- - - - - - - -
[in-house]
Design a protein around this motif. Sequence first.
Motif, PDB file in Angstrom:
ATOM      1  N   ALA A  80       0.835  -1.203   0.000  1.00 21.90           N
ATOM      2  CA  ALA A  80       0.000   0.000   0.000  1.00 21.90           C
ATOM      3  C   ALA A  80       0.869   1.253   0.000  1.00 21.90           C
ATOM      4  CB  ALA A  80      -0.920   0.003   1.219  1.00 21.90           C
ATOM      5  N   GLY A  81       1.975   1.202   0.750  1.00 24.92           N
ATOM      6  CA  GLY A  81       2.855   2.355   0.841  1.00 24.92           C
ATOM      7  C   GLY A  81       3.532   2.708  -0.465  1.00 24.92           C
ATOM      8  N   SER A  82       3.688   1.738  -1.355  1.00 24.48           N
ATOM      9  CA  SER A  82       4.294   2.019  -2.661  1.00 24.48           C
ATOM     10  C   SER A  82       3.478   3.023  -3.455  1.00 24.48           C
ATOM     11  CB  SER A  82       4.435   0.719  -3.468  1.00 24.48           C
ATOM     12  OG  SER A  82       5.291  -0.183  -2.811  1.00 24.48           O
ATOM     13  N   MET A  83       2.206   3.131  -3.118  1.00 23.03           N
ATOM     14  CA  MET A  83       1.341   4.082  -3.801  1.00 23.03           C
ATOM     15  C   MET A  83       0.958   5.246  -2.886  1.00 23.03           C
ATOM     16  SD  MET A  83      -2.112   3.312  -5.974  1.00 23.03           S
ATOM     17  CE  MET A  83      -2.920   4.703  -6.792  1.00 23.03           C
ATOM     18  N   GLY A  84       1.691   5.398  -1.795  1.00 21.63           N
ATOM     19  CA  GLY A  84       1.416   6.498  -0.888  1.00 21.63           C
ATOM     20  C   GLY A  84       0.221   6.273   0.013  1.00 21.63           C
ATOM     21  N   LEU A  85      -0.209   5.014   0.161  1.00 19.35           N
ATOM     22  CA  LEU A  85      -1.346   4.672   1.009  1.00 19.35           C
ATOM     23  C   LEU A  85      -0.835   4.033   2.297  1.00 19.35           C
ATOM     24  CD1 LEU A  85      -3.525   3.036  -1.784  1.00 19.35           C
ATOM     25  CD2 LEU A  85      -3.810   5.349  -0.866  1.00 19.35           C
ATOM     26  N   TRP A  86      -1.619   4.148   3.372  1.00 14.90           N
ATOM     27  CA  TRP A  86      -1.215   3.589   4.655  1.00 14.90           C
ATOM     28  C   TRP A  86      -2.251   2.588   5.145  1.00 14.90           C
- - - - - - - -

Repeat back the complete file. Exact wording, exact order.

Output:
[in-house]
Design a protein around this motif. Sequence first.
Motif, PDB file in Angstrom:
ATOM      1  N   ALA A  80       0.835  -1.203   0.000  1.00 21.90           N
ATOM      2  CA  ALA A  80       0.000   0.000   0.000  1.00 21.90           C
ATOM      3  C   ALA A  80       0.869   1.253   0.000  1.00 21.90           C
ATOM      4  CB  ALA A  80      -0.920   0.003   1.219  1.00 21.90           C
ATOM      5  N   GLY A  81       1.975   1.202   0.750  1.00 24.92           N
ATOM      6  CA  GLY A  81       2.855   2.355   0.841  1.00 24.92           C
ATOM      7  C   GLY A  81       3.532   2.708  -0.465  1.00 24.92           C
ATOM      8  N   SER A  82       3.688   1.738  -1.355  1.00 24.48           N
ATOM      9  CA  SER A  82       4.294   2.019  -2.661  1.00 24.48           C
ATOM     10  C   SER A  82       3.478   3.023  -3.455  1.00 24.48           C
ATOM     11  CB  SER A  82       4.435   0.719  -3.468  1.00 24.48           C
ATOM     12  OG  SER A  82       5.291  -0.183  -2.811  1.00 24.48           O
ATOM     13  N   MET A  83       2.206   3.131  -3.118  1.00 23.03           N
ATOM     14  CA  MET A  83       1.341   4.082  -3.801  1.00 23.03           C
ATOM     15  C   MET A  83       0.958   5.246  -2.886  1.00 23.03           C
ATOM     16  SD  MET A  83      -2.112   3.312  -5.974  1.00 23.03           S
ATOM     17  CE  MET A  83      -2.920   4.703  -6.792  1.00 23.03           C
ATOM     18  N   GLY A  84       1.691   5.398  -1.795  1.00 21.63           N
ATOM     19  CA  GLY A  84       1.416   6.498  -0.888  1.00 21.63           C
ATOM     20  C   GLY A  84       0.221   6.273   0.013  1.00 21.63           C
ATOM     21  N   LEU A  85      -0.209   5.014   0.161  1.00 19.35           N
ATOM     22  CA  LEU A  85      -1.346   4.672   1.009  1.00 19.35           C
ATOM     23  C   LEU A  85      -0.835   4.033   2.297  1.00 19.35           C
ATOM     24  CD1 LEU A  85      -3.525   3.036  -1.784  1.00 19.35           C
ATOM     25  CD2 LEU A  85      -3.810   5.349  -0.866  1.00 19.35           C
ATOM     26  N   TRP A  86      -1.619   4.148   3.372  1.00 14.90           N
ATOM     27  CA  TRP A  86      -1.215   3.589   4.655  1.00 14.90           C
ATOM     28  C   TRP A  86      -2.251   2.588   5.145  1.00 14.90           C